Government and Politics in South Asia

By Craig Baxter; Yogendra K. Malik et al. | Go to book overview

3
Political Institutions and Governmental Processes

ONE OF THE MAJOR PROBLEMS facing the leaders of countries of the Third World has been that of creating stable political institutions capable of governing effectively, accomplishing sociopolitical changes peacefully, and providing smooth transitions of power. Events preceding Indian independence and the widespread religious rioting that accompanied the partition of the country had convinced the leaders of the Indian National Congress, who inherited power from the British government, that India needed a powerful and effective set of political institutions at the national level to provide stability in a vast land. Sardar Vallabhbhai Patel, deputy prime minister and home minister, summed up their position when he said that "the first requirement of any progressive country is internal and external security. It is impossible to make progress unless you first restore order in the country." 1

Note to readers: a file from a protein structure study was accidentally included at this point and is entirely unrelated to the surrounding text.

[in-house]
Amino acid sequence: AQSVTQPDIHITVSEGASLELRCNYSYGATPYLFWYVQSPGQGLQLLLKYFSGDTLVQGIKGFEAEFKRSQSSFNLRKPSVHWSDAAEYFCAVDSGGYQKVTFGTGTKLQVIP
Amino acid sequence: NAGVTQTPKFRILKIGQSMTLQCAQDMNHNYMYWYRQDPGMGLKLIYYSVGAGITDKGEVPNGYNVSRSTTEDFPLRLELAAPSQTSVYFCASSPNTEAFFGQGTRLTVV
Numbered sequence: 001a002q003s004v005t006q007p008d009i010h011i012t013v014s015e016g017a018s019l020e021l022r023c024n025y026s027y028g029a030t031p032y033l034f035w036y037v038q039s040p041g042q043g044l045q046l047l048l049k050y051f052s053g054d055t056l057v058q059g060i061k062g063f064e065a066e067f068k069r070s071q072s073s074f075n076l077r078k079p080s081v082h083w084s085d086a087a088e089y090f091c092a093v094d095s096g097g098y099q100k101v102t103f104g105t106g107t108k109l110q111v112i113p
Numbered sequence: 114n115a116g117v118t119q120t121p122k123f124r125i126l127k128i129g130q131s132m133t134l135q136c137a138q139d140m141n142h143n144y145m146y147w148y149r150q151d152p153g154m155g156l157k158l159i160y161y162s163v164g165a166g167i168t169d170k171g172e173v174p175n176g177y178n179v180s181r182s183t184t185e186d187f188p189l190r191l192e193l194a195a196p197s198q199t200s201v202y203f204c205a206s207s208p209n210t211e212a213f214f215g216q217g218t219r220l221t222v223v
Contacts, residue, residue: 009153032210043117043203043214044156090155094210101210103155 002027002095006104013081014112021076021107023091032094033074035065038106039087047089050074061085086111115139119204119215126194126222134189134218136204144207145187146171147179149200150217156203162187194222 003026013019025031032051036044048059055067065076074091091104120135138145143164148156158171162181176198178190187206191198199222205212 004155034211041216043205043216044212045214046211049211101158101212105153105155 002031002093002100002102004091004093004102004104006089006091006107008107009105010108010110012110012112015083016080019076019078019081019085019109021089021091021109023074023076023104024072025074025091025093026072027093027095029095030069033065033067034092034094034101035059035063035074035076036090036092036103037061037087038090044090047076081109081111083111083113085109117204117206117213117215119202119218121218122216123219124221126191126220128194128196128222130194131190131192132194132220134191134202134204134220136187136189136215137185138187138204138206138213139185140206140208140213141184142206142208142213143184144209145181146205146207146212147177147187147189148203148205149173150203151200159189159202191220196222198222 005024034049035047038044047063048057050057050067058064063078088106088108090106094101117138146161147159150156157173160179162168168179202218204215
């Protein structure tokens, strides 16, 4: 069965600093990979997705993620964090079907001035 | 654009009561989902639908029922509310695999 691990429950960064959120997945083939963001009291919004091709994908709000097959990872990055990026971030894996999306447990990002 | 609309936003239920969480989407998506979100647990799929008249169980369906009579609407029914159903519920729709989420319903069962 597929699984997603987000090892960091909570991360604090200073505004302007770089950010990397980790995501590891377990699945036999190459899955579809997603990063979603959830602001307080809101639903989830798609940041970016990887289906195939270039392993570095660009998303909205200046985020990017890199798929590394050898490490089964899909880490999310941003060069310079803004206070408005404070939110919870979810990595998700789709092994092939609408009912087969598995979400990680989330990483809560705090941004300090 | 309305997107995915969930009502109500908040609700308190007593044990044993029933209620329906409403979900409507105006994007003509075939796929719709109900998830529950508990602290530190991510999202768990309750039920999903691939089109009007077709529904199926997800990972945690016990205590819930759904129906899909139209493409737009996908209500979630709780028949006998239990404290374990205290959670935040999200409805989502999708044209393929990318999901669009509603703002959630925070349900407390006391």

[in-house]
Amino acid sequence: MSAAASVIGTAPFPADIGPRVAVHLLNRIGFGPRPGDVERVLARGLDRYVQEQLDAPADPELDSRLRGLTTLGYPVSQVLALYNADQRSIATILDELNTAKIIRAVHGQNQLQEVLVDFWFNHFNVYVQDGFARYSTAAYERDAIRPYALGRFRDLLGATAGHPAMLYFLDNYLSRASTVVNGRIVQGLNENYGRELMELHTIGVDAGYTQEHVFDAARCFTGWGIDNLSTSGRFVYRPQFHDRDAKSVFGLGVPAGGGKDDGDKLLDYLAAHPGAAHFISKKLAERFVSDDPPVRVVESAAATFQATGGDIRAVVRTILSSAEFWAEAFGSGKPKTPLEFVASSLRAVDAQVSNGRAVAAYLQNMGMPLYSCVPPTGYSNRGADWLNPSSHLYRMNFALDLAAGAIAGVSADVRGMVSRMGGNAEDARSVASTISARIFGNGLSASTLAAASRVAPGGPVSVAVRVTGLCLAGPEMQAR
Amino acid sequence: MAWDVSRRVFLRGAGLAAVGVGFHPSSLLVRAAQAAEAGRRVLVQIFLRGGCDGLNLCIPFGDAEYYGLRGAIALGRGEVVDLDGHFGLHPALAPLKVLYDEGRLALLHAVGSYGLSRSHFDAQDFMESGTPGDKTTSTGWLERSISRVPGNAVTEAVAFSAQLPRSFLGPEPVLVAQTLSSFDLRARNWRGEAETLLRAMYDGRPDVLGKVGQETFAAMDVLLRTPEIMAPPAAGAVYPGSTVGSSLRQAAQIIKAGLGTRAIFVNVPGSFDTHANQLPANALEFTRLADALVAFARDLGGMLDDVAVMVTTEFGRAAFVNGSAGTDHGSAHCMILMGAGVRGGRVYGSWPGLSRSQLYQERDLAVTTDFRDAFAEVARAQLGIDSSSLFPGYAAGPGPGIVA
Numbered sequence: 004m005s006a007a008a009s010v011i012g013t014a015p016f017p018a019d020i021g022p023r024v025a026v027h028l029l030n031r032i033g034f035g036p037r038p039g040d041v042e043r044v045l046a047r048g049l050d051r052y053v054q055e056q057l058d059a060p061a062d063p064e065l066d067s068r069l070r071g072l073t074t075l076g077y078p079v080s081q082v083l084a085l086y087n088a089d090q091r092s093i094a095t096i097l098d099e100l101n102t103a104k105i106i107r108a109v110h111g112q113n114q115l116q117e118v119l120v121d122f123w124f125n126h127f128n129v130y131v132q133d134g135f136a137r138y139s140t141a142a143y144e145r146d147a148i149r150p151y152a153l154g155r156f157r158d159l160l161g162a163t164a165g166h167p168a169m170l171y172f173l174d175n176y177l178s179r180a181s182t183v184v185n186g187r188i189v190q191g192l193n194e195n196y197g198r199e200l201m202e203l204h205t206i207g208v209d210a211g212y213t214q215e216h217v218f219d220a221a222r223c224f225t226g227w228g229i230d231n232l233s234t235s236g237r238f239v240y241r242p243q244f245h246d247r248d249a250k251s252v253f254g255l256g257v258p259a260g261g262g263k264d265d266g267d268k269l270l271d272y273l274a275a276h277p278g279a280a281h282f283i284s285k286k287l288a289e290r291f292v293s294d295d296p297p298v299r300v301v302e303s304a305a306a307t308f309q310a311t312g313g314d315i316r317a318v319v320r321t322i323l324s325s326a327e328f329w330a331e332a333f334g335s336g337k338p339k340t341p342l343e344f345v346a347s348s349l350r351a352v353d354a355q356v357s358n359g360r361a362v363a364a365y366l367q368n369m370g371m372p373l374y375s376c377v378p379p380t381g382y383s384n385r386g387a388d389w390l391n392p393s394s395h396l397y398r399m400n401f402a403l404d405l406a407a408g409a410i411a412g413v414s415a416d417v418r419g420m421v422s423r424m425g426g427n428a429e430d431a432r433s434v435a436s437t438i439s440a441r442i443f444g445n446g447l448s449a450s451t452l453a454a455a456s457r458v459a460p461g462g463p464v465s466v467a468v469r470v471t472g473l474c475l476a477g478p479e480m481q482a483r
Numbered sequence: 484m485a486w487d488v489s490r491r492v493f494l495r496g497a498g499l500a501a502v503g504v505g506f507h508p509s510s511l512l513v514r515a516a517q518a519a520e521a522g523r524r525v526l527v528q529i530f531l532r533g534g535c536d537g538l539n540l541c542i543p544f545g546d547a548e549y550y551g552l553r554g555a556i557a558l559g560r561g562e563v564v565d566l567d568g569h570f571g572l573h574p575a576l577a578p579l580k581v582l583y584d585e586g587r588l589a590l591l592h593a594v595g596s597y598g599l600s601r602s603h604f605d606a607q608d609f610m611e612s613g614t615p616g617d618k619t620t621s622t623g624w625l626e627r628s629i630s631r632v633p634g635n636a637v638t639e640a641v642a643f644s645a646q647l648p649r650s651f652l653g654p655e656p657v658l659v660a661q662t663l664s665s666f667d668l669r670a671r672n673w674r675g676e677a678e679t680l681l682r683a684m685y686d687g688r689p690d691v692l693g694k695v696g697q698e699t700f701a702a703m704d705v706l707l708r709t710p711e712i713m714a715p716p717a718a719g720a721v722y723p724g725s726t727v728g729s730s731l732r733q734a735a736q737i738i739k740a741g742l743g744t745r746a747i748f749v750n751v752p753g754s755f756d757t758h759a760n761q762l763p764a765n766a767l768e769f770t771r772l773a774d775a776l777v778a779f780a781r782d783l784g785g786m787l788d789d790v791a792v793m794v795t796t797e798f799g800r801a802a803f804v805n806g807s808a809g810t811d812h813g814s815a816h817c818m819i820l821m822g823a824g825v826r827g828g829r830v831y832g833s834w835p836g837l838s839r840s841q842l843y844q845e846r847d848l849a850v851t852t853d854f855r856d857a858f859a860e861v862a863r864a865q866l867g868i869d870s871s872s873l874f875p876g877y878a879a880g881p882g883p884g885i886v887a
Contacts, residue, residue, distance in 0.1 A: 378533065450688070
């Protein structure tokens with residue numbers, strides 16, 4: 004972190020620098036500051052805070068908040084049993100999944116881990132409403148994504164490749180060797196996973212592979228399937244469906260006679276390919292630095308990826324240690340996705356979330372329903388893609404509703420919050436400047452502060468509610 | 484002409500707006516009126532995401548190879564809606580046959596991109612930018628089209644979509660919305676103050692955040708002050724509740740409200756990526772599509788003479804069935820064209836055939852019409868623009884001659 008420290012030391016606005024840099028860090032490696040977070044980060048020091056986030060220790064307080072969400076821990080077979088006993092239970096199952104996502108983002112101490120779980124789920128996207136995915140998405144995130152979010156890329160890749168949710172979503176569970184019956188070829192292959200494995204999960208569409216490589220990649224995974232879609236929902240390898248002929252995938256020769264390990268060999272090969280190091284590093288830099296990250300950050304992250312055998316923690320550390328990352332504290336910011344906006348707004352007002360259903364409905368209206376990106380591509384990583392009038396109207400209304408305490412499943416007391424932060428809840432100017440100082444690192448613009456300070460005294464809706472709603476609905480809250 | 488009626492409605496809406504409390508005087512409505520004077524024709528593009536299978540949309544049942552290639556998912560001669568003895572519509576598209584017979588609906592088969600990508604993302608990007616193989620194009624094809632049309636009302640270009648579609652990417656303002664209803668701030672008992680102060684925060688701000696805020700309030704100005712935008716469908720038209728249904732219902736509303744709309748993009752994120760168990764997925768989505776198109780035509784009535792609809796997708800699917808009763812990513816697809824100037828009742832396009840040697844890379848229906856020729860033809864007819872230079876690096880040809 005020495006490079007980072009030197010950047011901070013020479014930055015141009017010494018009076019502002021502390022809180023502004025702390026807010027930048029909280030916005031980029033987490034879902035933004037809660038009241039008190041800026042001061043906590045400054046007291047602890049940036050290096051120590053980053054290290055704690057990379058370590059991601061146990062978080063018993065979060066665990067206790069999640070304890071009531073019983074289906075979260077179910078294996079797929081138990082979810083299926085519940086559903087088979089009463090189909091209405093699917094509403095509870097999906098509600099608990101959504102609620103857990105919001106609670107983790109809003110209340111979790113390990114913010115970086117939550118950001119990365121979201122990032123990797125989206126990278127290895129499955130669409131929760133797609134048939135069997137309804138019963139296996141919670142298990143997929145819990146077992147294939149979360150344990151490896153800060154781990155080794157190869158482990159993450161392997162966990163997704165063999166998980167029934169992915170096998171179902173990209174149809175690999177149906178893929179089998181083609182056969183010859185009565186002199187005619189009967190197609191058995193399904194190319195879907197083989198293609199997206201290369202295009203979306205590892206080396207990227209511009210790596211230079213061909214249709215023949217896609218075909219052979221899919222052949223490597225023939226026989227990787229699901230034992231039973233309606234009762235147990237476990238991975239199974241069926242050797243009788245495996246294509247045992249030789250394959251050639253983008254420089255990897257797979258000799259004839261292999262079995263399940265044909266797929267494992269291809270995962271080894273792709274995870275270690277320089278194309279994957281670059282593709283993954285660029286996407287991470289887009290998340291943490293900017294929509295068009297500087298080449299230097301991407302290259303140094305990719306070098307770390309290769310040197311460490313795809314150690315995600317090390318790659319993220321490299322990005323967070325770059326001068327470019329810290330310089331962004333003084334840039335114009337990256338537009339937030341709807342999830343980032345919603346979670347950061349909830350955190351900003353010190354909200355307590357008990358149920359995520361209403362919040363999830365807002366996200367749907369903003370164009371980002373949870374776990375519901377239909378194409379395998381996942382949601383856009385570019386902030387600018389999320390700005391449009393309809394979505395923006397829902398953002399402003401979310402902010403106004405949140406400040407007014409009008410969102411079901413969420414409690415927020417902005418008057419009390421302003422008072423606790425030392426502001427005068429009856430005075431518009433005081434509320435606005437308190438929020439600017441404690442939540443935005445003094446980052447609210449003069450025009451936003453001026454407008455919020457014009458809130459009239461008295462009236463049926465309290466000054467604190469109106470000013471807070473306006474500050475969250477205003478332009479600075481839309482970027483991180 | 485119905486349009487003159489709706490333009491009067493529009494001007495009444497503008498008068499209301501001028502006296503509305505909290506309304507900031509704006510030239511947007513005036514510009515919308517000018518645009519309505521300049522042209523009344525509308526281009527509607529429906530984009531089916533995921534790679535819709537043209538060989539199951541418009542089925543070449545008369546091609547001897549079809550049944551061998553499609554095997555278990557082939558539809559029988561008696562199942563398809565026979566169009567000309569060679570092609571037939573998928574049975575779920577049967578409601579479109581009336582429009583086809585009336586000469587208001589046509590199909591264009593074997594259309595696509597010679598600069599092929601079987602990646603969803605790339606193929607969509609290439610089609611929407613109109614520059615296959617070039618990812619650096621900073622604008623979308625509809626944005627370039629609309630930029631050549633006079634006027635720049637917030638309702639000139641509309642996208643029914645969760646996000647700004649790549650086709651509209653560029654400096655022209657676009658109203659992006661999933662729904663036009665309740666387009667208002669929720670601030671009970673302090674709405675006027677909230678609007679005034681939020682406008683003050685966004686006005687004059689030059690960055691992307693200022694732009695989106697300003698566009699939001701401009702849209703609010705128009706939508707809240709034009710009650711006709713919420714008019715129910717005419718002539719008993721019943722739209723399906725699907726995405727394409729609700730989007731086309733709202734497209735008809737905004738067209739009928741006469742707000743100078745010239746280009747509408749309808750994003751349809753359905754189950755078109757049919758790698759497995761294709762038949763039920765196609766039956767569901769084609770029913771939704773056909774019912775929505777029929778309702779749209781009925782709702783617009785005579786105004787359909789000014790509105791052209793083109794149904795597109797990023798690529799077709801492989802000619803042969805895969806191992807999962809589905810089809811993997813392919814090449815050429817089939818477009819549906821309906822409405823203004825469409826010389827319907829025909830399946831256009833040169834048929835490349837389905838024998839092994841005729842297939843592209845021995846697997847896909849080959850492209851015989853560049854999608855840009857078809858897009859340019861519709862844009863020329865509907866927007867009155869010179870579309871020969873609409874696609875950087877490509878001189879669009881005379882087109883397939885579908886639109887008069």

The assembly that deliberated the institutional structure for the new nation and undertook the task of framing a new constitution was created by the British government. An overwhelming majority of its members were elected indirectly by the legislative bodies existing in the provinces of British India. Although elections to the provincial legislative bodies, before the creation of a constituent assembly, were not held on the basis of universal suffrage, as many as 46 million voters participated in the 1946 elections. The constituent assembly convened in December 1946 was thus a representative body of Indians. Its membership, dominated by the Indian National Congress, consisted of intellectuals, lawyers, constitutional experts, and administrators as well as ideologues. In short, it was a representative body from which emanated the different shades of opinion to be found in the India of the 1940s. 2 Three years of discussion, debate, and deliberation on the draft of the constitution were required before it was adopted in November 1949. The new constitution, which came into effect on January 26, 1950, when India became a republic, is a lengthy and com

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